overcompensation

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Words related to overcompensation

(psychiatry) an attempt to overcome a real or imagined defect or unwanted trait by overly exaggerating its opposite

excessive compensation

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References in periodicals archive ?
See also the earlier comments on the use of deliberate hypercorrection by Stevens.
This example shows that pseudo-archaic forms starting off as initial hypercorrections or errors may even replace older historically correct ones, which justifies a closer look at similar processes.
The young woman's linguistic artifact will be marked, according to Bourdieu, by autocensure and hypercorrection (i.
Conversely, they make an excessive and conscious effort to avoid using the Historical Present (HP) in order to match the tense, which can be interpreted as a sign of hypercorrection of the linguistic specific features in the L2.
Although foreign body granuloma formation and the appearance papules and nodules due to hypercorrection have been reported, injection of PMMA is still considered a safe and minimally invasive procedure.
Sherman, using what linguist William Labov calls "the mechanism of imitation and hypercorrection," was seeking to un-new york us.
In a hypercorrection of "Tod [being] very down on pimps," Soul finds them "outstanding individuals, who, moreover, lend such color to the city scene.
Philippe Martinon (1913) is uncompromising and goes as far as harshly criticizing the practice of the revered Comedie-Francaise: "But the actors especially overexert strangely [liaisons], either because of hypercorrection, or to make themselves better understood, and that at the Comedie-Francaise as well as other places, more than other places, alas
He suggests that this is perhaps a hypercorrection conditioned by a loss of h- in initial position.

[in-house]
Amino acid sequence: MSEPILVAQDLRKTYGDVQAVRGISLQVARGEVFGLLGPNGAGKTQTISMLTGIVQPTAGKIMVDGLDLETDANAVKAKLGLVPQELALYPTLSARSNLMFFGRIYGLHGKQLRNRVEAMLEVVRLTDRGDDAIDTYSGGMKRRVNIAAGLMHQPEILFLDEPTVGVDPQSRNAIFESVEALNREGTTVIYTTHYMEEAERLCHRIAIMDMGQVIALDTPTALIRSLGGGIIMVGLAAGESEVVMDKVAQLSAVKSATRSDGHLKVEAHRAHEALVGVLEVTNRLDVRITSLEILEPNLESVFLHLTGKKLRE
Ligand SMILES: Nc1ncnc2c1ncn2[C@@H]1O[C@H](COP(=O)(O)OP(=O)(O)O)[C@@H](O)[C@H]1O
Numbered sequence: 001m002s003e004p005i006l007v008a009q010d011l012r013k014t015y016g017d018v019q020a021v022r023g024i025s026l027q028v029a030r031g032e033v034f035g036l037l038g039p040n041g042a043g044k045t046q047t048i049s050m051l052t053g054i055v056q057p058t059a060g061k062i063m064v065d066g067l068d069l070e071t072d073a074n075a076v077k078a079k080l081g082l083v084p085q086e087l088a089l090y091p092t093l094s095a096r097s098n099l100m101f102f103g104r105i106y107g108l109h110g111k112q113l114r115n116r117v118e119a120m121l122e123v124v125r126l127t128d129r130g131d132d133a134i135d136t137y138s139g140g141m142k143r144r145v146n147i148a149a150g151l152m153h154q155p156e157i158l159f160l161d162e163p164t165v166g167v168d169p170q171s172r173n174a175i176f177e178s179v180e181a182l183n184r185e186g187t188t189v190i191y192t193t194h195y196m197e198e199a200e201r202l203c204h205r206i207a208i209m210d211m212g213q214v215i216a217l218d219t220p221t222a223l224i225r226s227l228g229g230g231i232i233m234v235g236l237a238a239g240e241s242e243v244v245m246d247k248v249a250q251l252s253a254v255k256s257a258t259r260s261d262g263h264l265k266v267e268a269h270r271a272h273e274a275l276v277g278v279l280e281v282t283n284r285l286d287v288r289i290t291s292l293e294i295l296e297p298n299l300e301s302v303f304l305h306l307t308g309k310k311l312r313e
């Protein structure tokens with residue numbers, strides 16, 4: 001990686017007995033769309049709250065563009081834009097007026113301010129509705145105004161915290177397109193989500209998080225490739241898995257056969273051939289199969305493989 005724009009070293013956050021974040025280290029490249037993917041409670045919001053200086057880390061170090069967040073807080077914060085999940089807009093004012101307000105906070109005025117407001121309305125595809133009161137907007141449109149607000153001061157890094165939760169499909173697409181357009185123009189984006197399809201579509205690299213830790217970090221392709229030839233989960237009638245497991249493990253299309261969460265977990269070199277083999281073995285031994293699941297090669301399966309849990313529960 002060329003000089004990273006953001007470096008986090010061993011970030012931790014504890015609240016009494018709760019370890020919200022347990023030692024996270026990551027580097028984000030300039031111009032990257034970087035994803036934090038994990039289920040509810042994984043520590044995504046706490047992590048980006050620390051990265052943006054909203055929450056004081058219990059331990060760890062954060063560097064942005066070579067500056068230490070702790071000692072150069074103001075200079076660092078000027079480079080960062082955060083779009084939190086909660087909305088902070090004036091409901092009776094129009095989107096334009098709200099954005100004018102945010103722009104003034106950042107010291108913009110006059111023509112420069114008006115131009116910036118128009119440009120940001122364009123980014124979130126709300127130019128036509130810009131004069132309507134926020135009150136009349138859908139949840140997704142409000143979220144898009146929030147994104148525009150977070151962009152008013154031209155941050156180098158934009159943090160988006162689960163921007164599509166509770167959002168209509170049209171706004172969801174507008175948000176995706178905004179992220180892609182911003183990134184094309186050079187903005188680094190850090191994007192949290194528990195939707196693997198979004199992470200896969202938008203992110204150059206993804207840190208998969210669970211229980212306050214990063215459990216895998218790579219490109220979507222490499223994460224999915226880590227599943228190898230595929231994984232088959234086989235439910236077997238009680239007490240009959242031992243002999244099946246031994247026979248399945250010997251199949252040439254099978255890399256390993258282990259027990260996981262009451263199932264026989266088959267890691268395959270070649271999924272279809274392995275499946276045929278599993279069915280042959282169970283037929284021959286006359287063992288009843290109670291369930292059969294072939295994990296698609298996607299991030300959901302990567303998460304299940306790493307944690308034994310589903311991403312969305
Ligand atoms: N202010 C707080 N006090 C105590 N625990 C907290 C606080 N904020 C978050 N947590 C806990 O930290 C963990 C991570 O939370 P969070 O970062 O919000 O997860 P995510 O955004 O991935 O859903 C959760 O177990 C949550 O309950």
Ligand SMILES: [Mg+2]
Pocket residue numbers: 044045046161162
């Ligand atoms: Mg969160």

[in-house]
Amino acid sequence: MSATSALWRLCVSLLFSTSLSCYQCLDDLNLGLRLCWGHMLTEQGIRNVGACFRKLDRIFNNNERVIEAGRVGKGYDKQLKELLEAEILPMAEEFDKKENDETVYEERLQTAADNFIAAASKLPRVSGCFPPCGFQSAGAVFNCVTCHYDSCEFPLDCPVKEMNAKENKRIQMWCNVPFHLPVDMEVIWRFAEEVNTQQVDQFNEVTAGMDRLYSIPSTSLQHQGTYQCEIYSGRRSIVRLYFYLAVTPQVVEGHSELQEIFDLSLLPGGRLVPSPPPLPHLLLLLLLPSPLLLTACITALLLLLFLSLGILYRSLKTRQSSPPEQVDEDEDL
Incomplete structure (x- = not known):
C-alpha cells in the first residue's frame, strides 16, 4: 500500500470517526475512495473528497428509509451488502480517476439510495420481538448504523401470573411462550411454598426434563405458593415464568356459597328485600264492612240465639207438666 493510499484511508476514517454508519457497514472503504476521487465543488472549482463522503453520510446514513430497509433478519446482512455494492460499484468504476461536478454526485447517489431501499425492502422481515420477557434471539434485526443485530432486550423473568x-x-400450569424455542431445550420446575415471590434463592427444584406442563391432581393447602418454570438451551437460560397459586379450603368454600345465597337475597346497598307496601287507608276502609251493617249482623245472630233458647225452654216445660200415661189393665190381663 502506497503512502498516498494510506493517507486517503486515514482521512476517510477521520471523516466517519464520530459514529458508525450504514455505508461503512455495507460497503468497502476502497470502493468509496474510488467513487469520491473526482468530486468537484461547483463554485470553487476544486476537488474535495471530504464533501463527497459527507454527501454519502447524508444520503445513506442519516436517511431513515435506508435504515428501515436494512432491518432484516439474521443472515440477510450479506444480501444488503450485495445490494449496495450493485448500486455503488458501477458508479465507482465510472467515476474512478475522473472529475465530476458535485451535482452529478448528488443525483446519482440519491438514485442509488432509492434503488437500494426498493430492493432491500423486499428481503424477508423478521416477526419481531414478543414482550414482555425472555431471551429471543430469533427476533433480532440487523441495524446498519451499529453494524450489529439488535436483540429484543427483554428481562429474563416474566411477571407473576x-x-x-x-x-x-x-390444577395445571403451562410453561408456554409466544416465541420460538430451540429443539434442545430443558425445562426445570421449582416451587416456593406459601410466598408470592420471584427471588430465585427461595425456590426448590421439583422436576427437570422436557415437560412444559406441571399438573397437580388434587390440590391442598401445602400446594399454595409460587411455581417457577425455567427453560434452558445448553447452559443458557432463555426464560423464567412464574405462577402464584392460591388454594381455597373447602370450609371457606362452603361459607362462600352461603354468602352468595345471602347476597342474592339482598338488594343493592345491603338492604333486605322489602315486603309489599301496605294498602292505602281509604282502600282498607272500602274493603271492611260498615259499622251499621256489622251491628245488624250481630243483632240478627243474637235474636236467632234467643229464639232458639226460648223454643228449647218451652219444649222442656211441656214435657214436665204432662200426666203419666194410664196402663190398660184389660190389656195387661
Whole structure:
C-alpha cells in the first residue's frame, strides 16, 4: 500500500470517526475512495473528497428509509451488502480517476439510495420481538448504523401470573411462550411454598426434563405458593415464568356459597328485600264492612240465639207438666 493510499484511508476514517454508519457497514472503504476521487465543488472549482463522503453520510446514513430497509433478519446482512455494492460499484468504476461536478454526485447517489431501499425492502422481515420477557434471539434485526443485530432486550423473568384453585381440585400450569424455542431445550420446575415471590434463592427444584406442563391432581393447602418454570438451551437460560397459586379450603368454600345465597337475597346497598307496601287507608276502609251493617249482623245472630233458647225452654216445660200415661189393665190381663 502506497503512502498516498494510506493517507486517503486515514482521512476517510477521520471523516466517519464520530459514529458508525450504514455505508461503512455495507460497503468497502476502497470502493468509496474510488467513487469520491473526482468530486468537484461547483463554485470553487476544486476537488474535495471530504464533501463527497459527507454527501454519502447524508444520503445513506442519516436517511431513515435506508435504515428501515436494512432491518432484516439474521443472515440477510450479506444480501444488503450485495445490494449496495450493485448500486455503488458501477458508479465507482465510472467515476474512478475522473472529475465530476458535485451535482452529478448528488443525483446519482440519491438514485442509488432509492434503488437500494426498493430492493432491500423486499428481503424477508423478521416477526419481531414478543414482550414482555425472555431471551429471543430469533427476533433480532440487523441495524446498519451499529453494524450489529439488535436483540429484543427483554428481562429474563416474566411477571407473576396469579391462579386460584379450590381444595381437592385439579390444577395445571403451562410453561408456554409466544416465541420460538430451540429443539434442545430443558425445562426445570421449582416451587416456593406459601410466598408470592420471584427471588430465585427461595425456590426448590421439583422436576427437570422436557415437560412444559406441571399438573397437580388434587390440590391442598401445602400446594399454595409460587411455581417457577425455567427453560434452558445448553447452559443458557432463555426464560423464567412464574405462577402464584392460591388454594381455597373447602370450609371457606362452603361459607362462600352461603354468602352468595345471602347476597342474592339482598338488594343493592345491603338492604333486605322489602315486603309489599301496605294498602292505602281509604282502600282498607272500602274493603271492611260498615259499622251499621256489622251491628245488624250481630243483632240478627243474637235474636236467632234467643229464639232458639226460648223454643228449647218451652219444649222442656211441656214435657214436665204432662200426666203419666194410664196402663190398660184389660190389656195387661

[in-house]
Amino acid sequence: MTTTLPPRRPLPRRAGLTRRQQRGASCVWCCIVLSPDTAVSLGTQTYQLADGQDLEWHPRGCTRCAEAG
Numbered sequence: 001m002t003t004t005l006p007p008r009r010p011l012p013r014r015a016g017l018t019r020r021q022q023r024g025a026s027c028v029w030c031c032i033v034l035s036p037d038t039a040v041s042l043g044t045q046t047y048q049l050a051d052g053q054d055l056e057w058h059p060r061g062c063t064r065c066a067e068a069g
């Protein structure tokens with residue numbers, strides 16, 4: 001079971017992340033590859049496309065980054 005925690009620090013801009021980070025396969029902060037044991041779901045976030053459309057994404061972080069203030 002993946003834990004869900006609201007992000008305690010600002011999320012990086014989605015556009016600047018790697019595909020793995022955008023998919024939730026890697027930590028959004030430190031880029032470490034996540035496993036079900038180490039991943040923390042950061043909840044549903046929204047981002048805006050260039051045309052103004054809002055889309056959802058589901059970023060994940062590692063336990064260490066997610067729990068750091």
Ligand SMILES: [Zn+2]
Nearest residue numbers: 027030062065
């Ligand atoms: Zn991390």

They illustrate it via the nice example of h-dropping in items such as it for hit and vice versa of h-insertion, as in hain't instead of ain't: it's the phenomenon of hypercorrection (though they do not use this term) that has been discussed from a more theoretical standpoint in the Handbook, also in the papers by Hale, Janda ("'hypercorrection' exaggerates the undoing of conditioned allophonic effects" p.
The glossary does record <d> for the dental fricative but <d> for /d/ does not tend to occur unless the dental consonant appears next to /l/; (33) accordingly, <d> for <d> in <haeden> would have to be interpreted as an example of the fact that the two spellings could occasionally be interchangeable or, possibly, as a case of hypercorrection.
This is a constant theme of the book and underscored by the teacher's hypercorrection in his articulation of the uvular "r.
From this study, Labov (1973b) was able to summarize the intersection between social and linguistic structure as follows: (1) he contrasted the language differences between islanders, representing contrast between two standard dialects (2) features were viewed as exaggerated signs of "social" identity (3) under increased selection pressure caused by hypercorrection lead to a generalization of the features (4) new group norms are established as the process levels off and (5) new norms are adopted by succeeding groups for whom the original group now becomes the reference group.
Haeri argues that this is a result of hypercorrection.